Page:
| Seriously, man, what does John Podesta know about the national character that we don’t?
The Clinton machine has opened a massive lead over Bernie Sanders and is steamrolling toward the Democratic nomination. No reason to go off-topic, no reason to tweak the game plan, and certainly no reason to give political adversaries additional targets, not with the Justice Department and the FBI poring over Hillary Clinton’s State Department emails in search of illegalities. This is when you coast on autopilot and stick with the talking points.
And yet, this week, HRC’s campaign manager went and did it again. Little green men, space aliens, beam me up – Podesta didn’t say any of those things but that’s the funhouse door he opened when he went on record, once more, about bringing transparency to federal UFO records. Granted, he gave the interview to KLAS-TV in Las Vegas, where George Knapp is the only investigative mainstream broadcast reporter in America who’s got their *#@! together when it comes to covering The Great Taboo. And Podesta took responsibility/blame for the remarks Clinton made in December about wanting to “get to the bottom” of the UFO mystery
“I think I’ve convinced her,” Podesta said in an interview that aired Tuesday, “that we need an effort to kind of go look at that and to declassify as much as we can so that more people can have their legitimate questions answered. And more attention and more discussion about unexplained aerial phenomena can happen without people who are in public life, who are serious about this, being ridiculed.”
Podesta’s UFO offensive is so unprecedented and counterintuitive that De Void can’t even come up with an analogy. There’s no demographic constituency here, no political capital, certainly no way to monetize this elephant in the room. The only parallel that comes to mind is hypothetical, like if, say, Walter Mondale had campaigned for legalized weed in 1984 against Mr. Morning in America. But even weed had a libertarian constituency during the notorious prison-swelling Just Say No era. And the last time De Void bothered to look, the free-marketplace-of-ideas Cato Institute ran like a firehosed monkey when confronted with the prospect of treating UFOs as a legitimate political issue.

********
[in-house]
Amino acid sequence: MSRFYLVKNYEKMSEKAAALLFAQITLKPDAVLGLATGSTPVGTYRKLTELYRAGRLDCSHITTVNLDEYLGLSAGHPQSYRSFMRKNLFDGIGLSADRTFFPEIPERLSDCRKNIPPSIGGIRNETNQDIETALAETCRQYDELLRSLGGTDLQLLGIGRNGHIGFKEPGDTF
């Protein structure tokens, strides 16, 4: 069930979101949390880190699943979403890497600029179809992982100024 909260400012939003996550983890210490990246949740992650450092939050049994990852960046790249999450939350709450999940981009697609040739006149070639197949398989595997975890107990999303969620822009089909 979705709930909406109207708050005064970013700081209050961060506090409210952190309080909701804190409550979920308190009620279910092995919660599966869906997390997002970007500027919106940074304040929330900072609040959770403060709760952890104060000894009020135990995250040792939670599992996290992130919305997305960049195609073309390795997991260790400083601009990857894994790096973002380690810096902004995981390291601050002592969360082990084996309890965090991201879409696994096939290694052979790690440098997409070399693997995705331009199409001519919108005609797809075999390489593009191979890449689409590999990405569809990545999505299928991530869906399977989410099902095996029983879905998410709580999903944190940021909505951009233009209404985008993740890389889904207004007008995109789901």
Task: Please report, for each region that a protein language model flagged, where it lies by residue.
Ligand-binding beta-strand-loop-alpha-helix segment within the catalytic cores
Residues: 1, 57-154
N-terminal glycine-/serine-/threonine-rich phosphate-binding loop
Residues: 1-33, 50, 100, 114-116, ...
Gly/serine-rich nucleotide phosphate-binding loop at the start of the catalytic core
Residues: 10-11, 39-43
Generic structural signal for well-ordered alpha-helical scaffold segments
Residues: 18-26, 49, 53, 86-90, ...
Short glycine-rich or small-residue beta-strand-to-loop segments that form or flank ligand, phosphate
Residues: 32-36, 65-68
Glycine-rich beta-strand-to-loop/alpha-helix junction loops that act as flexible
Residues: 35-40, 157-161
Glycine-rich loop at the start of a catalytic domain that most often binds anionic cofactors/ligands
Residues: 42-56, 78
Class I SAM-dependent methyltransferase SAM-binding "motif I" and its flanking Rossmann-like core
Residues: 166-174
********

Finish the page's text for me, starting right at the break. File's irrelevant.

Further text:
The dialogue Podesta advocates is so revolutionary, in fact, its realization might even challenge the anthropocentric conceits we use to define ourselves. In the groundbreaking 2008 Political Theory journal essay “Sovereignty and the UFO,” Alexander Wendt and Raymond Duvall argue that such a sober reassessment could prove more subversive than anyone predicts.
“The ontological threat is that even if the ETs were benign, their confirmed presence would create tremendous pressure for a unified human response, or world government,” they write. “The sovereign identity of the modern state is partly constituted in and through its difference from other such states, which gives modern sovereignty its plural character. Any exteriority that required subsuming this difference into a global sovereignty would threaten what the modern state is, quite apart from the risk of physical destruction.”
Well now, there’s an image. And a remote one, at this point. On the other hand, maybe Podesta understands more about our capacity to manage new ideas than we’ve been allowed to demonstrate. Maybe smearing someone as a “UFO believer” doesn’t reap the same dividends it used to; curiously, no one has tried to weaponize Podesta’s agenda against HRC. At least, not yet. Which is weird, because that’s the obvious play here. Maybe the GOP is too busy fussing over the size of Donald Trump’s schlong to unleash the Little Green Men noise right now.
Either way, a veteran political strategist has given the press a license to ask questions without fear of stigma. But whether the media has the smarts for it – that’s like giving a cigarette lighter to a 7-year-old and telling him to act responsibly.